You will only receive events that users who have authorized your app can "see" on their workspace (that is, if a user authorizes access to private channel history, you'll only see the activity in private channels they are a member of, not all private channels across the workspace).

Your Request URL will receive JSON-based payloads containing wrapped event types. The volume of events will vary depending on the events you subscribe to, and the size and activity of the workspaces that install your application.

The events sent to your Request URL may contain sensitive information associated with the workspaces having approved your Slack app. To ensure that events are being delivered to a server under your direct control, we must verify your ownership by issuing you a challenge request.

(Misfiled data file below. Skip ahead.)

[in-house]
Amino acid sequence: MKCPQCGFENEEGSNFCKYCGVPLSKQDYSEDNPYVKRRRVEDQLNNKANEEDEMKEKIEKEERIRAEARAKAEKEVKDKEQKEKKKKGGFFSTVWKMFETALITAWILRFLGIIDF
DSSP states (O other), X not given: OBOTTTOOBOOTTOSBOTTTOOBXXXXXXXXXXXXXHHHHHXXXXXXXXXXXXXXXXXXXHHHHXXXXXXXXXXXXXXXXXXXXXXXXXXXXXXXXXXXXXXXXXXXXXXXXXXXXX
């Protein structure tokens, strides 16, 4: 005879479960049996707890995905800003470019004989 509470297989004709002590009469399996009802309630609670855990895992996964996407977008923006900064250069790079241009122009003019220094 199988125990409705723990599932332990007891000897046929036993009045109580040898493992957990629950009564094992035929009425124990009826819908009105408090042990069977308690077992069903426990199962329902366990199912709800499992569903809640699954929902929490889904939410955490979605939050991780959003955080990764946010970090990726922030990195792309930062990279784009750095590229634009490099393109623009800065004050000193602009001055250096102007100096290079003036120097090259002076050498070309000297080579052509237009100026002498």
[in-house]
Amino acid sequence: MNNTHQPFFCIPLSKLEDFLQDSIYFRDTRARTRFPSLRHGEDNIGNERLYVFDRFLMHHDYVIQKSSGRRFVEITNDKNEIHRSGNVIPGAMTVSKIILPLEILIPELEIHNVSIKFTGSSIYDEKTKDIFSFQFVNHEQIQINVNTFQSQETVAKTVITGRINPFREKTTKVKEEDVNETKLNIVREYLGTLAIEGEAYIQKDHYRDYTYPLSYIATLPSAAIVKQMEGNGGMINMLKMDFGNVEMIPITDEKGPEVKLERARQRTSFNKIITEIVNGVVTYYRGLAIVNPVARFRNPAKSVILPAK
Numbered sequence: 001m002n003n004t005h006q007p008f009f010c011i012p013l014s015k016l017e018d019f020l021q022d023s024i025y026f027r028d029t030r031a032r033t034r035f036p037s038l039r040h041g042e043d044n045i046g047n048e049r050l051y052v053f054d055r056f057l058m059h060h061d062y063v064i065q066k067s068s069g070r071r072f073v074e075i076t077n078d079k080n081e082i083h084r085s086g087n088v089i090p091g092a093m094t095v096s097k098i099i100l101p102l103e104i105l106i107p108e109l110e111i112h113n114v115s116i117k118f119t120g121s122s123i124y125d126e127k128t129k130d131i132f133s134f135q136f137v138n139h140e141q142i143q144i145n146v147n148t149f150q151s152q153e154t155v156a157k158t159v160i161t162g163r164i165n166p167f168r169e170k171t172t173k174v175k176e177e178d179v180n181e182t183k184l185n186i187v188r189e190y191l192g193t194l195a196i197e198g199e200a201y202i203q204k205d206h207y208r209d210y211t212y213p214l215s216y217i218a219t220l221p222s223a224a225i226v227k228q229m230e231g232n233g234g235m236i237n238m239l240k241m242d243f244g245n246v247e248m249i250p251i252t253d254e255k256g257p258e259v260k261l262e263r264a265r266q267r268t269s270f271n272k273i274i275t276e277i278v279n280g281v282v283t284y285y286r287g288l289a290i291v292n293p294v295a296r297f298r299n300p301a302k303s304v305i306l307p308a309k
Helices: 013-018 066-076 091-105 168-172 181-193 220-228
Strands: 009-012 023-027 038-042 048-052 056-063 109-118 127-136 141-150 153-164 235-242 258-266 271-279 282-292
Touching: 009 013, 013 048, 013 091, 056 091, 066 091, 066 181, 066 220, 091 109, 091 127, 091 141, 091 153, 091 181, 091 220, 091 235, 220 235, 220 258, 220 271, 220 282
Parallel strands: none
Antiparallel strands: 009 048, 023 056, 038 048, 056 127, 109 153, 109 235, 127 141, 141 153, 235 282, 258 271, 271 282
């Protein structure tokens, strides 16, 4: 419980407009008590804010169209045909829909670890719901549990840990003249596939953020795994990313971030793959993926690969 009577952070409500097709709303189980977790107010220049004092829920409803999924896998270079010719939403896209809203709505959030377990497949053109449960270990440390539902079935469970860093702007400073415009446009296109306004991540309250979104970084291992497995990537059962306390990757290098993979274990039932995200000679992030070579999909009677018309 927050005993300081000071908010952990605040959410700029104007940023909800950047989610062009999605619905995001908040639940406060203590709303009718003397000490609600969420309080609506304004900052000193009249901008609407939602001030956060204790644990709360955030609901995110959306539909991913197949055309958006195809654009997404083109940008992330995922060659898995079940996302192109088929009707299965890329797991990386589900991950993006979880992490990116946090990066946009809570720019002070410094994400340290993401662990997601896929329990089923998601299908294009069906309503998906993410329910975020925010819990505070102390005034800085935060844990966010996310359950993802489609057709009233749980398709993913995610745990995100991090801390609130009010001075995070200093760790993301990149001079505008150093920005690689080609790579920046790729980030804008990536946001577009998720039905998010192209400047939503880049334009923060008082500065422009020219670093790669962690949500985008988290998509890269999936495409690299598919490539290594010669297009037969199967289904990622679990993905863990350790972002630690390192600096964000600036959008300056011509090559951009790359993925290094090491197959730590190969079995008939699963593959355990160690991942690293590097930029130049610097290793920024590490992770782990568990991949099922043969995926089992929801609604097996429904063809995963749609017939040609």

Especially when working with large workspaces, many workspaces, or subscribing to a large number of events, de-coupling the processing of and reaction to events is key. With this challenging handshake complete, you're ready to open up our event type catalog and decide which events to subscribe to.

Authorize users for your Event Consumer app through the standard OAuth flow. Be sure to include all of the necessary scopes for the events your app wants to receive. Consult our index of the available event types with corresponding OAuth scopes.

If you're already familiar with the real time messaging API, you'll find that the inner event structure is identical to corresponding events, but are wrapped in a kind of event envelope in the callbacks we send to your event Request URL: